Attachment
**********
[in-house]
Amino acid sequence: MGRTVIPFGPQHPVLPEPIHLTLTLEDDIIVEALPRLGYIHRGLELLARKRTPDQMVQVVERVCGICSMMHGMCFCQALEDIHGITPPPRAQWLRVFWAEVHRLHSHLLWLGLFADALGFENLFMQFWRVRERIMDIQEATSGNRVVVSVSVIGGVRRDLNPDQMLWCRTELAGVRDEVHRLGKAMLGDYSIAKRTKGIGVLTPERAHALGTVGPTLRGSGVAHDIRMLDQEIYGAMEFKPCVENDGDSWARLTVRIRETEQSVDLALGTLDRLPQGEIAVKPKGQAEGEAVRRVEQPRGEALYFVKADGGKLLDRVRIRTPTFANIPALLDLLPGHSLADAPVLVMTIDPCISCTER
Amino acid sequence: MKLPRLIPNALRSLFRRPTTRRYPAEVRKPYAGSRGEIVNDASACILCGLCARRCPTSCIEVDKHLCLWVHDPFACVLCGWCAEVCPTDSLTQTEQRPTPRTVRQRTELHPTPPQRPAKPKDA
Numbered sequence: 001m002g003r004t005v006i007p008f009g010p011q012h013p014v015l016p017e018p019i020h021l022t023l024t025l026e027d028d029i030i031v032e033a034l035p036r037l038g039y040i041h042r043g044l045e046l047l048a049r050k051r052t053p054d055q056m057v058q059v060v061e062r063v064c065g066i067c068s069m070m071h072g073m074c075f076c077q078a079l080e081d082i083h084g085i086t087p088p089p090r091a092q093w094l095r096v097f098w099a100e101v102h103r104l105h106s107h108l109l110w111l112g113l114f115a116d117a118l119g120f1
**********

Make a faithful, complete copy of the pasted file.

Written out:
[in-house]
Amino acid sequence: MGRTVIPFGPQHPVLPEPIHLTLTLEDDIIVEALPRLGYIHRGLELLARKRTPDQMVQVVERVCGICSMMHGMCFCQALEDIHGITPPPRAQWLRVFWAEVHRLHSHLLWLGLFADALGFENLFMQFWRVRERIMDIQEATSGNRVVVSVSVIGGVRRDLNPDQMLWCRTELAGVRDEVHRLGKAMLGDYSIAKRTKGIGVLTPERAHALGTVGPTLRGSGVAHDIRMLDQEIYGAMEFKPCVENDGDSWARLTVRIRETEQSVDLALGTLDRLPQGEIAVKPKGQAEGEAVRRVEQPRGEALYFVKADGGKLLDRVRIRTPTFANIPALLDLLPGHSLADAPVLVMTIDPCISCTER
Amino acid sequence: MKLPRLIPNALRSLFRRPTTRRYPAEVRKPYAGSRGEIVNDASACILCGLCARRCPTSCIEVDKHLCLWVHDPFACVLCGWCAEVCPTDSLTQTEQRPTPRTVRQRTELHPTPPQRPAKPKDA
Numbered sequence: 001m002g003r004t005v006i007p008f009g010p011q012h013p014v015l016p017e018p019i020h021l022t023l024t025l026e027d028d029i030i031v032e033a034l035p036r037l038g039y040i041h042r043g044l045e046l047l048a049r050k051r052t053p054d055q056m057v058q059v060v061e062r063v064c065g066i067c068s069m070m071h072g073m074c075f076c077q078a079l080e081d082i083h084g085i086t087p088p089p090r091a092q093w094l095r096v097f098w099a100e101v102h103r104l105h106s107h108l109l110w111l112g113l114f115a116d117a118l119g120f1